The successful conquest had alarmed the ruler of the Aq Qoyunlu, Alvand, who subsequently proceeded north from Tabriz, and crossed the Aras River in order to challenge the Safavid forces, and a pitched battle was fought at Sarur in which Ismail's army came out victorious despite being outnumbered by four to one. Shortly before his attack on Shirvan, Ismail had made the Georgian kings Constantine II and Alexander I of respectively the kingdoms of Kartli and Kakheti, attack the Ottoman possessions near Tabriz, on the promise that he would cancel the tribute that Constantine was forced to pay to the Ak Koyunlu once Tabriz was captured. After eventually conquering Tabriz and Nakhchivan, Ismail broke the promise he had made to Constantine II, and made both the kingdoms of Kartli as well as Kakheti his vassals.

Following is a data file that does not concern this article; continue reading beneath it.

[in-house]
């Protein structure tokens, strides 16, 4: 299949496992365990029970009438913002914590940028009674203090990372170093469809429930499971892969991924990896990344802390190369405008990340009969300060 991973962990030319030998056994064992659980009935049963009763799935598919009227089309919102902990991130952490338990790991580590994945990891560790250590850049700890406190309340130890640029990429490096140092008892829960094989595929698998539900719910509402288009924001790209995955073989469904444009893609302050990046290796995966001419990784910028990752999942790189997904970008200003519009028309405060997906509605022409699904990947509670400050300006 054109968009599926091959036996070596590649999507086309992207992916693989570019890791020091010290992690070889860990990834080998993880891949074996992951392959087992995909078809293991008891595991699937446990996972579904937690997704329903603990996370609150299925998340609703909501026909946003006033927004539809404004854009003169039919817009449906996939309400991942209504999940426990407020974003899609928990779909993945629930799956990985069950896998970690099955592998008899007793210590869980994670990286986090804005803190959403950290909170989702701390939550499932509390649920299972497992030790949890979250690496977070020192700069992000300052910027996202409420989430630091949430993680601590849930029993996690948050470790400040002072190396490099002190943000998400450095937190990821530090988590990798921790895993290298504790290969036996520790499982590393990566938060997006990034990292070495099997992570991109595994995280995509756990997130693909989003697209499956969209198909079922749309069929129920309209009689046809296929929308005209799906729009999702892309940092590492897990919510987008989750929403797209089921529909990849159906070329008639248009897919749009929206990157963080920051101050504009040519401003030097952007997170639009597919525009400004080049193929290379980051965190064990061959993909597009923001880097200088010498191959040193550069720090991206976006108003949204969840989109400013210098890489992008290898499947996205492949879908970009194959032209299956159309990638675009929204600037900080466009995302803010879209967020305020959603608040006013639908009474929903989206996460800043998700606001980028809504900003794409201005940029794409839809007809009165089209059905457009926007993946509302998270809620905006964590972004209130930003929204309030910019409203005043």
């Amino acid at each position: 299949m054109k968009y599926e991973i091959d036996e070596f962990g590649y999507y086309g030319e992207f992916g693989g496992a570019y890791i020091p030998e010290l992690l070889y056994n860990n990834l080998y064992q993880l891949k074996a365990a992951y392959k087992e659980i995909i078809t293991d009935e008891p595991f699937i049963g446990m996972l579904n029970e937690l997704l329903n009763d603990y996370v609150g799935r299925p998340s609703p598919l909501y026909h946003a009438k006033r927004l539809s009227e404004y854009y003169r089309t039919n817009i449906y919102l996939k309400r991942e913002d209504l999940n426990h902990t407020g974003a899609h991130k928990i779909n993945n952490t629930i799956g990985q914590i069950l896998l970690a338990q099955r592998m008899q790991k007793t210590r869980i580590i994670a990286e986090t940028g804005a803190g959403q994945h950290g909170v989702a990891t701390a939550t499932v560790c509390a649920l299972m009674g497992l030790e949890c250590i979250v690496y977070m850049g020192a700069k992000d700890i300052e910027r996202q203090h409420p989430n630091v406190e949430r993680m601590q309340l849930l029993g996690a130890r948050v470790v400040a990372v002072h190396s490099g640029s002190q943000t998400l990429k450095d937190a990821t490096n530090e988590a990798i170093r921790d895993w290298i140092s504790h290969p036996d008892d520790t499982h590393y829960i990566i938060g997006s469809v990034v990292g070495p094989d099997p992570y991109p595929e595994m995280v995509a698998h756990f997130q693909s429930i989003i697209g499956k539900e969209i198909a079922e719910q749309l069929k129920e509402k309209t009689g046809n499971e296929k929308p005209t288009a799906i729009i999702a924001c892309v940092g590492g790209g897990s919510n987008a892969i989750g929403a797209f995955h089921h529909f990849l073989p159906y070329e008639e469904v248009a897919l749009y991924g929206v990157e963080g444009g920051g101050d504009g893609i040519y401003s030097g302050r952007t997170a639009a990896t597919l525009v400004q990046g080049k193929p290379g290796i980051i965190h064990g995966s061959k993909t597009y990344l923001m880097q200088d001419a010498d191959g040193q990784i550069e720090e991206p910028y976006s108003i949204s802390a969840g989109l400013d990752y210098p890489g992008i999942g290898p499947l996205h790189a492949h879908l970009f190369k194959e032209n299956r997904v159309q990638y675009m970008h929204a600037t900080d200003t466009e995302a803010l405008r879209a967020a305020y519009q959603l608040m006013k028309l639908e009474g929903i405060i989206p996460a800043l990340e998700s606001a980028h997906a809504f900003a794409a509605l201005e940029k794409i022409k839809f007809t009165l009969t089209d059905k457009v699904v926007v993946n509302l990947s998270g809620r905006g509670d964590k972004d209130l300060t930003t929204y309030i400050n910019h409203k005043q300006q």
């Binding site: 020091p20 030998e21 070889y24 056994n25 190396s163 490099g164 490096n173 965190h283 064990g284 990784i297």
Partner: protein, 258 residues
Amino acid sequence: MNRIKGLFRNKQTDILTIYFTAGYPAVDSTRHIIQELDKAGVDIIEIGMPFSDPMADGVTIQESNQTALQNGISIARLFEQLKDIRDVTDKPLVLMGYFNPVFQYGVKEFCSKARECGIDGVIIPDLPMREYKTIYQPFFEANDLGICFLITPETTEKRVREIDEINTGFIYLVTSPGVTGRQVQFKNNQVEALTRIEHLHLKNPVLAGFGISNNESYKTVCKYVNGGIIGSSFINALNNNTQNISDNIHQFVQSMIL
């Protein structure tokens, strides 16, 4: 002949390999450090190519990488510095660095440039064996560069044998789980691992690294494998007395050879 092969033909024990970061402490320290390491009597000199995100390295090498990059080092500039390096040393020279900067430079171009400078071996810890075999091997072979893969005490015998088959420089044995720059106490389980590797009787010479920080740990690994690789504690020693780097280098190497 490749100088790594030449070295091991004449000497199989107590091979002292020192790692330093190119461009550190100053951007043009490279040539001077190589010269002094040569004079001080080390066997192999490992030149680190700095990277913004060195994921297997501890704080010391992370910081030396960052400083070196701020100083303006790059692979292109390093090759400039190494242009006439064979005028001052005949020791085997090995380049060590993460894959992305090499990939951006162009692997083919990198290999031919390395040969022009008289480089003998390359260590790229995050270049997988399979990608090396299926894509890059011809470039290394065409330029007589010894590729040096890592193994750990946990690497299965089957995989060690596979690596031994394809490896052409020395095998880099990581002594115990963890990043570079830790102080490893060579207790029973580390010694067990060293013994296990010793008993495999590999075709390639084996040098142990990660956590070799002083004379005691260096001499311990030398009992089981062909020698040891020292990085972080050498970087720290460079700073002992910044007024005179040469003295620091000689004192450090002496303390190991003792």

In July 1501, Ismail was enthroned as Shah of Iran choosing Tabriz as his capital. He appointed his former guardian and mentor Husayn Beg Shamlu as the vakil (vicegerent) of the empire and the commander-in-chief (amir al-umara) of the Qizilbash army. His army was composed of tribal units, the majority of which were Turkmen from Anatolia and Syria with the remainder Kurds and Čaḡatāy. He also appointed a former Iranian vizier of the Aq Qoyunlu, named Mohammad Zakariya Kujuji, as his vizier. After proclaiming himself Shah, Ismail also proclaimed Twelver Shi'ism to be the official and compulsory religion of Iran. He enforced this new standard by the sword, dissolving Sunni Brotherhoods and executing anyone who refused to comply to the newly implemented Shi'ism